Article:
That bear trap is actually nicer than the traps that many are falling into these days when it comes to trying to locate the perfect rental home. Rents have been rising consistently as rental home demand keeps growing. For sale home inventories are low, even as buyer pressure isn't at normal levels either. Home prices have risen, leaving many unable to afford buying, so they rent.
If there has ever been a situation that proves the point, when it comes to rental home advertisements and listings, 'IF IT SEEMS TOO GOOD TO BE TRUE, IT PROBABLY IS." One of the reasons for a huge rise in scamming activity is the ease and largely free ways in which scammers can advertise rental properties they don't own.
Craigslist is the place to find some amazing deals, but it's also a place to get fleeced in the process. A recent press release from the Yolo County CA District Attorney's Office hits on the use of Craigslist in rental home scams. There are four common clues that you're reading a scam rental advertisement:
1. The rent is well below comparable properties (too good).
2. The supposed owner can only communicate via phone or email, but can't meet in person.
3. For some reason (travelling or out of the area temporarily) the advertiser isn't available to show the prospective tenant the property.
4. The advertiser asks for money to "hold" the rental, or up-front rent or deposit payments.
This is the simplest scam, as the scammers do not have access to the property, instead just taking the details from a real listing and copying them for a fake listing with their contact information. The prospective renter is never in touch with the real owner. This isn't just done on Craigslist, but it is a national marketplace and draws a huge audience of renters and scammers.
An article over at SparkRental.com describes a couple of scam approaches that steal from renters who are just trying to find a nice home for the money. One is to run the ad and when the tenant calls or emails they're told that it's been rented. However, if they'll leave their email address, they'll be contacted if something happens to make it available again. They're pretty disappointed, but suddenly a few days later they get an email that the other tenant backed out. They're very happy and gladly send off a deposit to hold it and keep it from disappearing again. They never hear anything else and they never get the home.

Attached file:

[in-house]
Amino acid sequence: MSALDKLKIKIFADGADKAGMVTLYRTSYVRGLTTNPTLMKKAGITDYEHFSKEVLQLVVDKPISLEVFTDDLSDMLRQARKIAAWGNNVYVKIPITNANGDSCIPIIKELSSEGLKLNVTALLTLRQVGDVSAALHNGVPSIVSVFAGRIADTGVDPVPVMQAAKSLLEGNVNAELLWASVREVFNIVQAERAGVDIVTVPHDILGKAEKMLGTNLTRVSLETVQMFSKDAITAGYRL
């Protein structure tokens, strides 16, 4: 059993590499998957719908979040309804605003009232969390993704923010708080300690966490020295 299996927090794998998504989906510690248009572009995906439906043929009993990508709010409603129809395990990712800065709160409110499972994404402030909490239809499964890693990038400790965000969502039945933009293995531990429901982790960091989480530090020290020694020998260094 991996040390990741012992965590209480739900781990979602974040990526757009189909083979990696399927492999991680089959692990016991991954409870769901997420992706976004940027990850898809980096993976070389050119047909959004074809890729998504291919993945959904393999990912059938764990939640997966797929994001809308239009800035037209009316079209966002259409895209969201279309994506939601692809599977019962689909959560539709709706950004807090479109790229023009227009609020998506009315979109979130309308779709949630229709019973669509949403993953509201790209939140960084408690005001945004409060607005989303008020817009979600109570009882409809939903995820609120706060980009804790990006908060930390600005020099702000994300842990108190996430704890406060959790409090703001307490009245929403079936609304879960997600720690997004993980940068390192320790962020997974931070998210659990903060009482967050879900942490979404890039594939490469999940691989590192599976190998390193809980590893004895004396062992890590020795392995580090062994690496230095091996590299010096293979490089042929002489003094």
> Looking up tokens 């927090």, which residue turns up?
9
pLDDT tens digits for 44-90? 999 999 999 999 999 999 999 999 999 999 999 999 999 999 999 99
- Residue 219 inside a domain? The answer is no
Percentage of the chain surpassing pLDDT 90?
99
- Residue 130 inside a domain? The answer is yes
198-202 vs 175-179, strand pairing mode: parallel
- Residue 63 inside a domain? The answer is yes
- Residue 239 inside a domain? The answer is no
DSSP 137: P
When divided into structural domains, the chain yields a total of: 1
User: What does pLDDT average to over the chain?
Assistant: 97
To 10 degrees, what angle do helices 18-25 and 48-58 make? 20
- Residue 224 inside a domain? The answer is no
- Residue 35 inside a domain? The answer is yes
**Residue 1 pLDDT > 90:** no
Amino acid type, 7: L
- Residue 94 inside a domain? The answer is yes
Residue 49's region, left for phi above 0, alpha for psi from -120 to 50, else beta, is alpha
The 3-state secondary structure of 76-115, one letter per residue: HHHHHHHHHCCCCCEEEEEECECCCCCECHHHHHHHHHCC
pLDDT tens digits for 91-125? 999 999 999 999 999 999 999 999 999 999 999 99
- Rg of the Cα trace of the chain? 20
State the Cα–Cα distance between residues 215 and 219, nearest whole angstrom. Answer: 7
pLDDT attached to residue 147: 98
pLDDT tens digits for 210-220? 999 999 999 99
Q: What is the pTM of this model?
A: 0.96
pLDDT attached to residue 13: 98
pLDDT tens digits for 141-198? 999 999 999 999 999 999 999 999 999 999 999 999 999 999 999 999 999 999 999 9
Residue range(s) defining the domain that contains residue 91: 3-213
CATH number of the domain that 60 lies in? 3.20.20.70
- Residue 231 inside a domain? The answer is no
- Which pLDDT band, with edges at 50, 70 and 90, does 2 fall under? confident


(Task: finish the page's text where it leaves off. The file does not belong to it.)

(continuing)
A more elaborate and much more profitable scam involves getting a key copied from the property. The scammer may find a gullible owner who lets them sign a lease and gives them a key. They then run an ad to rent the property and show as many tenants the home for a few weeks. They take deposits and/or first month rent from many of them, with signed fake leases. They then leave the area with a pot of renter money and a bunch of moving vans pulling into a home's driveway with nowhere to unload.
If you're searching for the ideal rental property, NEVER send any money to anyone you haven't met personally at the property. Check online property records to see who actually owns the home, as most county records are now available online. Also, run searches on the same address as a rental to see if there are other ads with different contact information. Renter beware.
Have you found success in real estate investing by implementing different approaches? Have you struggled to take that first step? Let me know what you think by leaving a comment below, or by finding me on social media: